Apothecary Rose, Cynorhodon, Cynorhodons, Cynosbatos, Dog Rose, Dog Rose Hips, Églantier, Fruit de l'Églantier, Gulab, Heps, Hip, Hip Fruit, Hip Sweet, Hipberry, Hop Fruit, Persian Rose, Phool Gulab, Pink Rose, Poire d'oiseaux, Rosa alba, Rosa centifolia, Rosa damascena, Rosa de castillo, Rosa gallica, Rosa Mosqueta, Rosa provincialis, Rosa canina, Rose Hips, Rosa lutetiana, Rosa pomifera, Rosa rugosa, Rosa villosa, Satapatri, Rosae pseudofructus cum semen, Rosehip, Rosehips, Rose des Apothicaires, Rose de Provins, Rose Rouge de Lancaster, Rosier de Provence, Satapatrika, Shatpari, Wild Boar Fruit.
Fresh rose hips contain a lot of vitamin C, so they share many uses with vitamin C including preventing and treating colds, flu, and vitamin C deficiencies. However, much of the vitamin C in rose hips is destroyed during drying and processing and also declines rapidly during storage. Because of this, many rose hip-derived "natural" vitamin C products have actually been fortified with lab-made vitamin C, but their labels may not always say so.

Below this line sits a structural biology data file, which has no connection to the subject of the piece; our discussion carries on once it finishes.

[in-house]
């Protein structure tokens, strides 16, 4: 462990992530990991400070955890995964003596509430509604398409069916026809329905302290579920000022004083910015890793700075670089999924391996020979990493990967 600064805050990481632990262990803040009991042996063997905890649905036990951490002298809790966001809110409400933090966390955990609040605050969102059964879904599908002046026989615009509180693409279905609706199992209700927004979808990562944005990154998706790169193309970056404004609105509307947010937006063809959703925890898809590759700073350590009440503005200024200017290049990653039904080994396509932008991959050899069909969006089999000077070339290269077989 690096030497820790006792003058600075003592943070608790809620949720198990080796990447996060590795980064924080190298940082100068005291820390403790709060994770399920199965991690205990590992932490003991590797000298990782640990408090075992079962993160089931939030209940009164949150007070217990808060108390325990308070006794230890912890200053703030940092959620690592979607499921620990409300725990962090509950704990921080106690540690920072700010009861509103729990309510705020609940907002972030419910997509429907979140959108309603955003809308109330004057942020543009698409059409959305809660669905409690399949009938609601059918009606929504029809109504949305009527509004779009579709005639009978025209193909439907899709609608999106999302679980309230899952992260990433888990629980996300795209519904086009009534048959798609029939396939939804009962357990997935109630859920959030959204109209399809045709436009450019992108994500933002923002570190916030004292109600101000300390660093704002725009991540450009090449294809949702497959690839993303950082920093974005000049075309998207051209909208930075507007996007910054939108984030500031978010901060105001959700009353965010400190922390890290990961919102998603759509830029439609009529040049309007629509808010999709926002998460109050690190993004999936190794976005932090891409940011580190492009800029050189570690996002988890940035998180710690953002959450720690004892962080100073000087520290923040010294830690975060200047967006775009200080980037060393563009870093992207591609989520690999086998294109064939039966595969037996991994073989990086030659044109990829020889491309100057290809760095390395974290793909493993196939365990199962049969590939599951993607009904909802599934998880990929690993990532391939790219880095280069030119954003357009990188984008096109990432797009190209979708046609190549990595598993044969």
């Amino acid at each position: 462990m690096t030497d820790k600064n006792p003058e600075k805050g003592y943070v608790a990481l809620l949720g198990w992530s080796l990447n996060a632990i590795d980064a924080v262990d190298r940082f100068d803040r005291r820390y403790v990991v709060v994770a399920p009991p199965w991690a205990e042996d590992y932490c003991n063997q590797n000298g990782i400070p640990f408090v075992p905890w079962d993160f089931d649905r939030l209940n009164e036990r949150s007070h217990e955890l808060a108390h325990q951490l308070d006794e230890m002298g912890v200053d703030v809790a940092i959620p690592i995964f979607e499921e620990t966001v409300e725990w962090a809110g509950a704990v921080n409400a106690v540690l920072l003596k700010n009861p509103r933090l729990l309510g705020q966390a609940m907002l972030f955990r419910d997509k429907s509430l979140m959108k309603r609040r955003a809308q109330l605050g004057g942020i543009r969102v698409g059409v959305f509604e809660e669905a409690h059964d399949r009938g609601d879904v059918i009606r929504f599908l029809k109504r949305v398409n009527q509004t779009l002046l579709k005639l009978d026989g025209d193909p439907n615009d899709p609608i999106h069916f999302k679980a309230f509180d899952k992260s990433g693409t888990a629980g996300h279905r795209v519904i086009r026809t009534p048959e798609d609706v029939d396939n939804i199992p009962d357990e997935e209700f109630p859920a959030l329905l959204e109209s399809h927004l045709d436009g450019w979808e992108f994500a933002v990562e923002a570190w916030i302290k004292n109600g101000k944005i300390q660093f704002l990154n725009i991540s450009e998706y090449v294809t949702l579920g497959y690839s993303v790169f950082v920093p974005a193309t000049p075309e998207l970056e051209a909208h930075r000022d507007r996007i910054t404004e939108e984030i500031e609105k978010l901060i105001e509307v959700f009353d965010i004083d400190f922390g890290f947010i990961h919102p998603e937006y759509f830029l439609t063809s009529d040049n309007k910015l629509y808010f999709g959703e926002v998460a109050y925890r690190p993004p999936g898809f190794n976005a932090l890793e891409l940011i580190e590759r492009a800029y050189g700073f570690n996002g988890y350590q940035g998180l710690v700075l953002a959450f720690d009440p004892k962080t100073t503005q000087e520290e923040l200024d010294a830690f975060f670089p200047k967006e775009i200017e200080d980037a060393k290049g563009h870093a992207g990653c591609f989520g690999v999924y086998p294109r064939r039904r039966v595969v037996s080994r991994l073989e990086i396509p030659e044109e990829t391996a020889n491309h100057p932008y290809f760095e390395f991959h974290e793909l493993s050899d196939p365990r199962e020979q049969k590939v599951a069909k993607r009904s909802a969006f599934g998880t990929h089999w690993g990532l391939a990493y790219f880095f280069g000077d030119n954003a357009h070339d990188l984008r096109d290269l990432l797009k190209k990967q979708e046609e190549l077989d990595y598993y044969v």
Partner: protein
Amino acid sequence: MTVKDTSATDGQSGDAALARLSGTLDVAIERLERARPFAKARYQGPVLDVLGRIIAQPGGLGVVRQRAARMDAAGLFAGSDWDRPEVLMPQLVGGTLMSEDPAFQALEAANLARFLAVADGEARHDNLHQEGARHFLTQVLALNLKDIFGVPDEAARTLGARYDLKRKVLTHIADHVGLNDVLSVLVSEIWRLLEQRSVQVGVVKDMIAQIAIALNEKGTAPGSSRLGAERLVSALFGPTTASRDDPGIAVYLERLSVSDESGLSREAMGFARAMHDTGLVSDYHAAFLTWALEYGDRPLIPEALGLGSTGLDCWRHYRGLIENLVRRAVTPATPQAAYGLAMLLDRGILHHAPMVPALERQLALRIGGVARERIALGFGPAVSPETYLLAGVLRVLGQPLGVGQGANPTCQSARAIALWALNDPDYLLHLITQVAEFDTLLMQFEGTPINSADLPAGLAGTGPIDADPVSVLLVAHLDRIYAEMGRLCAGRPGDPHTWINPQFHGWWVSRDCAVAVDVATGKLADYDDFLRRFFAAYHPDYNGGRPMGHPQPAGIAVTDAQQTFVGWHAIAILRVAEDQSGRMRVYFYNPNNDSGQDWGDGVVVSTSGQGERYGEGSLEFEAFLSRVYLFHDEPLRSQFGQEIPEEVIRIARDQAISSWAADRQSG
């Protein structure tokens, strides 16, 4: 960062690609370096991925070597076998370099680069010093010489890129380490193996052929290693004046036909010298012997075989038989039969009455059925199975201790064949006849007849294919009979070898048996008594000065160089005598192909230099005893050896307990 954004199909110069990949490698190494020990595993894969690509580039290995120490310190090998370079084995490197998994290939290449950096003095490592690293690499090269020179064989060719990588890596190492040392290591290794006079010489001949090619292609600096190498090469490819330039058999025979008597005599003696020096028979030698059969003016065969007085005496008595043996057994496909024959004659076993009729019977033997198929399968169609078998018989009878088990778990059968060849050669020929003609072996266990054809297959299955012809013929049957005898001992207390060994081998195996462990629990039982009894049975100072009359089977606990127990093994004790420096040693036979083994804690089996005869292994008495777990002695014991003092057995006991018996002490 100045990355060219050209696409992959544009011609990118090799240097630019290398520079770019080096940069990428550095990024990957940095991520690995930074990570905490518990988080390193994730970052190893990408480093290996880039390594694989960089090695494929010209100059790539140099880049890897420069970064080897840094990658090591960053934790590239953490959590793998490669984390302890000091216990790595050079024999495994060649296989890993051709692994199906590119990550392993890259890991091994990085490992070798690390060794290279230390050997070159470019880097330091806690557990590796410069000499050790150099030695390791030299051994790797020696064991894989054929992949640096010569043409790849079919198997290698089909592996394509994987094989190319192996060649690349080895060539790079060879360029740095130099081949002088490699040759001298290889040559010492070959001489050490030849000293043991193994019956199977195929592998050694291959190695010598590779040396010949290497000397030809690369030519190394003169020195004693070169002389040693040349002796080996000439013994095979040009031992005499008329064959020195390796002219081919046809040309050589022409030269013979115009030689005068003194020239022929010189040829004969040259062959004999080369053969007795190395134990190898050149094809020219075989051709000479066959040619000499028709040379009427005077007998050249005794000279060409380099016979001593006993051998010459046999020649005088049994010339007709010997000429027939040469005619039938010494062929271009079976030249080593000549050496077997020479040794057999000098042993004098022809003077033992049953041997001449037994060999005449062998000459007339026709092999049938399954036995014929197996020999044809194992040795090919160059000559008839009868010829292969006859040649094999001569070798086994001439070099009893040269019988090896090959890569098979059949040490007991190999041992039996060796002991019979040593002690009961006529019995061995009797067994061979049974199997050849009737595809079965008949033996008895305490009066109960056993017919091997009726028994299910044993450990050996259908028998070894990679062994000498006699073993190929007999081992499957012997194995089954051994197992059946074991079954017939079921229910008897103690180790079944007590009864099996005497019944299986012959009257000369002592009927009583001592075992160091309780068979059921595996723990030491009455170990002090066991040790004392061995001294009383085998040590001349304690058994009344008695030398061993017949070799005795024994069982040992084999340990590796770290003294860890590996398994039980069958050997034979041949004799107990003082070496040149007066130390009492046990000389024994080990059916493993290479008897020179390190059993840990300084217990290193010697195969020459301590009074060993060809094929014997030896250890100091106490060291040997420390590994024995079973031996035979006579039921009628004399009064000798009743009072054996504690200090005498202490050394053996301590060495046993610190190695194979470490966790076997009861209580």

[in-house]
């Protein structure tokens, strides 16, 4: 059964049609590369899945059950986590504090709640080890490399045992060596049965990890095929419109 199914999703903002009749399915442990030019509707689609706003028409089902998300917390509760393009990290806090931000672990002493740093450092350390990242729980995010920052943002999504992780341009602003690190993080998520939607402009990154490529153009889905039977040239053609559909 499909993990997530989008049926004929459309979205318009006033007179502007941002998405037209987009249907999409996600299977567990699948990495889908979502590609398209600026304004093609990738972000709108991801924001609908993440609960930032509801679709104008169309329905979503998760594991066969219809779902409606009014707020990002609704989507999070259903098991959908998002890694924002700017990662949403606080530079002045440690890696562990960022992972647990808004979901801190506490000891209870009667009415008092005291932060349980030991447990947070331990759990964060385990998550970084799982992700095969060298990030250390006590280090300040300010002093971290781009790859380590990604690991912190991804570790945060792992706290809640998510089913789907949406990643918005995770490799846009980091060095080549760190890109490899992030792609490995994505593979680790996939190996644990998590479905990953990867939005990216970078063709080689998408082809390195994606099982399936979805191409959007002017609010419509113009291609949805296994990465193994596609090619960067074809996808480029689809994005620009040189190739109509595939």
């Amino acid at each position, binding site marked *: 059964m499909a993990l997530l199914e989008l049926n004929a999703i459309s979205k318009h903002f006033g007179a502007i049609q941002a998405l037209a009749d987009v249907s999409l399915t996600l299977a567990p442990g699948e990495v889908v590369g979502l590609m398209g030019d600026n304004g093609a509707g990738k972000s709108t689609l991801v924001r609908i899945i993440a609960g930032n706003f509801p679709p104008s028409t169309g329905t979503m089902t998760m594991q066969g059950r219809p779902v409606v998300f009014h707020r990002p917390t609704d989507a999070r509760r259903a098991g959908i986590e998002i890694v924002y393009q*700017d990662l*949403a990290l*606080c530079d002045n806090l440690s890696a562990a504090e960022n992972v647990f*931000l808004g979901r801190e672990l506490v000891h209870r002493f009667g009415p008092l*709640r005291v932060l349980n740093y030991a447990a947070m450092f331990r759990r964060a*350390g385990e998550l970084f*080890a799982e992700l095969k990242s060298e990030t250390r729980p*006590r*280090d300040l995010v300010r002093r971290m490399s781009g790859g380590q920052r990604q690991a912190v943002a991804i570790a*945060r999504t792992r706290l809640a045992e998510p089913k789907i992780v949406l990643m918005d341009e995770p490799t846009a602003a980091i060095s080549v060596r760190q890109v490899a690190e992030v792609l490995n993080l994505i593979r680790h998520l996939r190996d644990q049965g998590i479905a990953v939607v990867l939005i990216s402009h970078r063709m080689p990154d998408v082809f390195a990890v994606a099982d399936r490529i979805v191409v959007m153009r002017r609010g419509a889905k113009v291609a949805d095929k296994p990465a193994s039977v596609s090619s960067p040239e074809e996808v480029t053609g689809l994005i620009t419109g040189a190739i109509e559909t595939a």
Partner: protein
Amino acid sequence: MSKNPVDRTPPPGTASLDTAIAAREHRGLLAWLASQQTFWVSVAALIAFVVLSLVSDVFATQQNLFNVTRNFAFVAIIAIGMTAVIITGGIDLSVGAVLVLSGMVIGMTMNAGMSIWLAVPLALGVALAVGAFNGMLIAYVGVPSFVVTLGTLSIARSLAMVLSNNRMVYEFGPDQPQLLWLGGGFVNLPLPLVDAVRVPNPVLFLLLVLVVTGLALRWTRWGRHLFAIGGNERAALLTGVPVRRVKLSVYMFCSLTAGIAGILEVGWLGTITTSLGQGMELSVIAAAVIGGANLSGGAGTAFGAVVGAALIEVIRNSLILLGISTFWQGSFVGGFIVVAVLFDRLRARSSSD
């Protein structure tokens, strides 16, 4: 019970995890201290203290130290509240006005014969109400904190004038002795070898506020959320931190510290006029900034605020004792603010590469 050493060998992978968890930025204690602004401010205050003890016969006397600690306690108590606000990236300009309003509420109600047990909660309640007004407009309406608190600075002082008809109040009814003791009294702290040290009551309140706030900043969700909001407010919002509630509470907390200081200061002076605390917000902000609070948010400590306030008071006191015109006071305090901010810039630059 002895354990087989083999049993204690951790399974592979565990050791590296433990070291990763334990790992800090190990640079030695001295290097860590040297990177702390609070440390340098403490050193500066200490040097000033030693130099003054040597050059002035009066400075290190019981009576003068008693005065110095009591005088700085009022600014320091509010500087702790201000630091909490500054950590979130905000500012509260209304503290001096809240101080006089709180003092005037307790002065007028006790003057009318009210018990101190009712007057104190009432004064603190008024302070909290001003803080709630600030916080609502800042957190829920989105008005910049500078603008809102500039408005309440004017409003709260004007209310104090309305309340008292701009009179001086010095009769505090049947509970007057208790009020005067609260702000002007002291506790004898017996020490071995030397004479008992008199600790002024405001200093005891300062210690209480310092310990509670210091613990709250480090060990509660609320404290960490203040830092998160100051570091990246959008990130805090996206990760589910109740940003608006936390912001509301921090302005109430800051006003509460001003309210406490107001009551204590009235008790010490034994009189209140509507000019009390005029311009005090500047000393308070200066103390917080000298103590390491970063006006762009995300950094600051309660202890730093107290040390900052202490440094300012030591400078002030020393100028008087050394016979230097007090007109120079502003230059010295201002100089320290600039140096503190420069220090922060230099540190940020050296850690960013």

Rose hips are also used for stomach disorders including stomach spasms, stomach acid deficiency, preventing stomach irritation and ulcers, and as a "stomach tonic" for intestinal diseases. They are also used for diarrhea, constipation, gallstones, gallbladder ailments, lower urinary tract and kidney disorders, fluid retention (dropsy or edema), gout, back and leg pain (sciatica), diabetes, high cholesterol, weight loss, high blood pressure, chest ailments, fever, increasing immune function during exhaustion, increasing blood flow in the limbs, increasing urine flow and quenching thirst.
In foods and in manufacturing, rose hips are used for tea, jam, soup, and as a natural source of vitamin C.
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